Listen to Gayle reading the blog aloud.
Hello my friend,
As I write, an online auction is running to clear out our basement and garage of three decades of family life.
My feelings throughout our transition process (a phrase that sounds so well put together and is anything but) are uncontainable. What do angst, despair, doubt, glee, euphoria, gratitude, confusion, exhaustion, guilt, hope, anger, joy, terror, frustration… times twenty… look like? What song, or dance, or painting could depict this experience?
Preparing for the online auction was its own enormous effort, but now that the items are catalogued and ready for purchase, my mind keeps returning to them, with more and more memories coming alive.
There’s a large carved chest that sat in the “man cave.”
The chest held the speaker for the home theater projector. I never wanted the home theater, the man cave, or the large carved chest. The home theater was a spouse/son creation one summer I was away on a meditation retreat. The large chest was a “gift” from my father who found it somewhere on his collection journey. My mother said, “No, that thing is not coming into our home.” So, it was dropped off at mine.
There’s pristine white American Girl furniture.
It includes a Murphy bed, with closets on the sides filled with colorful clothing to fit my daughter’s matching American Doll. That toy mostly collected dust as my daughter (now 29) loved her waterbaby, Courtney, the most, and live animals even more. But we traveled to Chicago with my mother, her Nanma, to visit the American Doll store, drink tea in their café, and attend a theatrical performance. I will always remember this weekend.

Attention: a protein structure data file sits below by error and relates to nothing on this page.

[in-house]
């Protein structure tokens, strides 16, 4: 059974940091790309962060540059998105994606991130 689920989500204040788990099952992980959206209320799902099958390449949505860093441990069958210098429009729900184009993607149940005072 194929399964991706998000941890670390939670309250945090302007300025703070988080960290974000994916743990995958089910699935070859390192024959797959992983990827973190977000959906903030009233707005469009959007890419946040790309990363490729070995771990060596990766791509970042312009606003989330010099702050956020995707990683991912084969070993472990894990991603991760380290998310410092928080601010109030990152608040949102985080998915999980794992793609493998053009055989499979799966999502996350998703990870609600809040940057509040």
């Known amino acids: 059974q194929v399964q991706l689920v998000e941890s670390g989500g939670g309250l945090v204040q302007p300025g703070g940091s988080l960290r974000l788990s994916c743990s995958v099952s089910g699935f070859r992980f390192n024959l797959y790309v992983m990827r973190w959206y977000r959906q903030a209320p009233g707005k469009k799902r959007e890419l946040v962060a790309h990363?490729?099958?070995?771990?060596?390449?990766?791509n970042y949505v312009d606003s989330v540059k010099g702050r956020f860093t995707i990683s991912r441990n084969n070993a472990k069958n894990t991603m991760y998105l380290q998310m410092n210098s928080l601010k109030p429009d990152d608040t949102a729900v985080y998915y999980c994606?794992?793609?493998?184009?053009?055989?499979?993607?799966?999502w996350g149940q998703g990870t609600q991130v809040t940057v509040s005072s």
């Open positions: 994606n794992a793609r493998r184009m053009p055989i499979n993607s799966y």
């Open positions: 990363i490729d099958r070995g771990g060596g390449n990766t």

There’s a treadmill. I won it in a local school auction to support the school budget years ago.
There’s a metal shelving unit. It’s filled with various tile from original home construction and subsequent renovations.
There’s a never-been-used Gorham silver vanity set – mirror, comb and brush. Seriously? Who uses this?
There’s a framed set of Japanese art still in plastic. It’s memorabilia from our 2006 summer family trip to China and Japan.
There are chairs, light bulbs, office supplies, lamps, ceiling fans, camping equipment, wood, gardening tools, furniture, Lionel Trains.
Some memories bring me tender feelings of joy. Some jumpstart a knot in my stomach. Others cull out an untilled portion of my soul that I was not ready to remember… until now.
Now my parents are passed.
Now I am seeing more truth of my life.
Now I am facing my choices.
The stuff sitting in our basement has grabbed me, and it is shouting: “Take a good look at me; what can you learn as you release me?”
Here is what I find:
The stuff accumulated in our basement reflects a value that was never mine, but thrust upon me through my family upbringing and my parents. My ancestral blood.
The stuff for disposition in our basement reflects material consumption, in truth well beyond sufficiency.
The stuff in our basement, ready for a new home, demands I face my choices.
And I feel grief. I feel shame.
These things were never really enjoyed to the fullest. (What does that even mean?) They could have been given away to someone who needed them. They reflect an unconscious string of spending choices, some mine, some others, but all feeling like my responsibility. I “should have” managed these things better. I “could have” made better decisions over the years.